The United States has met with diplomats from 40 nations to share information about the Chinese spy balloon program.
A top U.S. official and diplomats said U.S. Deputy Secretary of State Wendy Sherman briefed nearly 150 foreign diplomats. The reports took place at 40 embassies over two days this week. The goal was to present U.S. findings about the balloon.
"We want to make sure that we are sharing as much as we can with countries around the world who may also be susceptible to these types of operations," the senior administration official said.
Sherman's briefing was first reported by The Washington Post newspaper. The report quoted U.S. officials saying the balloon was linked to an extensive military spying effort centered on China's Hainan Island in the South China Sea.
Experts do not yet know the size of the Chinese balloon fleet. But U.S. officials spoke of several flights since 2018 targeting Japan, India, Vietnam, Taiwan and the Philippines. The operations involved technology from a private Chinese company that is part of China's military-civilian system.
The appearance of the Chinese balloon over the U.S. last week caused anger and led U.S. Secretary of State Antony Blinken to cancel a trip to Beijing. China and the U.S. had hoped the visit would help ease tensions between the two countries.
A U.S. Air Force fighter plane shot down the balloon off the South Carolina coast on Saturday, a week after it first entered U.S. airspace.
China claimed it was a weather balloon that had gone into U.S. airspace because of winds. Chinese officials condemned the shoot-down and accused the United States of overreacting.
But a U.S. official told Reuters on Monday that the balloon was controlled. The official said, "We saw it do that… It went left, right. We saw it maneuver inside the jet stream. That's how it was operating.”
Foreign diplomats in Beijing said the U.S. presented information to demonstrate that the balloon was not a weather research balloon as China said. The U.S. said it was an airship that was used for spying. The U.S. said that the balloon was controlled by China's military, the People's Liberation Army.
The diplomats said they were told by the U.S. that the solar panels on the balloon meant that it needed more power than a weather balloon. The balloon was also equipped with rudders and propellers. And its flight path did not follow natural wind patterns.
A Beijing-based Asian defense diplomat told Reuters, "Based on the U.S. briefing, our own understanding about such balloons and the fact that China has so far refused to name the company or entity that owns this balloon, we find it hard to believe it is a civilian weather balloon.”
Reporters asked if Taiwan had been briefed by the United States. Taiwan's foreign ministry said in a statement to Reuters: "We have always maintained close contact with the United States and continue to exchange views on interactions between the United States and China."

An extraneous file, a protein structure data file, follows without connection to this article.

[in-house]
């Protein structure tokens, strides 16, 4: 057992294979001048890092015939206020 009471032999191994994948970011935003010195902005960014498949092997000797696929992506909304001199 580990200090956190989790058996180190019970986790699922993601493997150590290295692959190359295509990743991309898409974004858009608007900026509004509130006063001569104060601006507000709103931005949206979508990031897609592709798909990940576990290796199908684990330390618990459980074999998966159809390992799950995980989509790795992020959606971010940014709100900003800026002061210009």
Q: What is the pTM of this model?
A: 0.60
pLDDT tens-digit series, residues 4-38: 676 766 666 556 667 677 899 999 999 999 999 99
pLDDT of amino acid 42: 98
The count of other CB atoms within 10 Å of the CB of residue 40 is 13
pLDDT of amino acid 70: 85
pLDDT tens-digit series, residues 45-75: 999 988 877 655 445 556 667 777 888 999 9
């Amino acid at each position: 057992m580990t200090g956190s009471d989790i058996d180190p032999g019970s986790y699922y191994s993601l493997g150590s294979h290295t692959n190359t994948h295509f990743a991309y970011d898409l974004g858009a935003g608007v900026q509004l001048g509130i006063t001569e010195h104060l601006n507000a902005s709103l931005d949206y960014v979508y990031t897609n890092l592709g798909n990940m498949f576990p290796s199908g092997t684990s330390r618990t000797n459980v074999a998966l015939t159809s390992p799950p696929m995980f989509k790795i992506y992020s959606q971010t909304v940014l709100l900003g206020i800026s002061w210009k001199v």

The information was similar to what U.S. defense officials have shared with reporters since the weekend. They said the balloons were part of a Chinese fleet that has also violated the airspace of other countries.
Earlier this week, Japan said flying objects like the one shot down by the U.S. have been seen at least two times over northern Japan since 2020.
On Monday, China confirmed that another balloon recently spotted over Latin America was Chinese. China described it as a civilian airship used for flight tests. A foreign ministry official said the balloon entered the air space of Latin America and the Caribbean Sea by accident.
In Taiwan, local media have reported that mysterious white balloons have been seen over the island at least three times in the past two years.
I’m Faith Pirlo.
Hai Do adapted this report for VOA Learning English from Associated Press and Reuters sources.
Words in This Story
susceptible –adj. easily affected by some influence or action
type –n. a particular kind of thing
solar panel –n. a device that collects solar energy and changes it into electricity
rudder –n. a part of ship, boat or airplane that is used to control left and right movement
propeller –n. a part of an airplane, helicopter or powered boat with two or more blades that causes the vehicle to move
pattern –n. something that happens in a regular or normal way
maneuver –v. to move in a skillful or controlled way
jet stream –v. one of several strong currents of air that travel around the Earth’s surface
entity –n. (formal, legal) something that exists by itself and can interact with other things such as a person or organization
fleet –v. a group of ships or certain other vehicles that are controlled by one company or government
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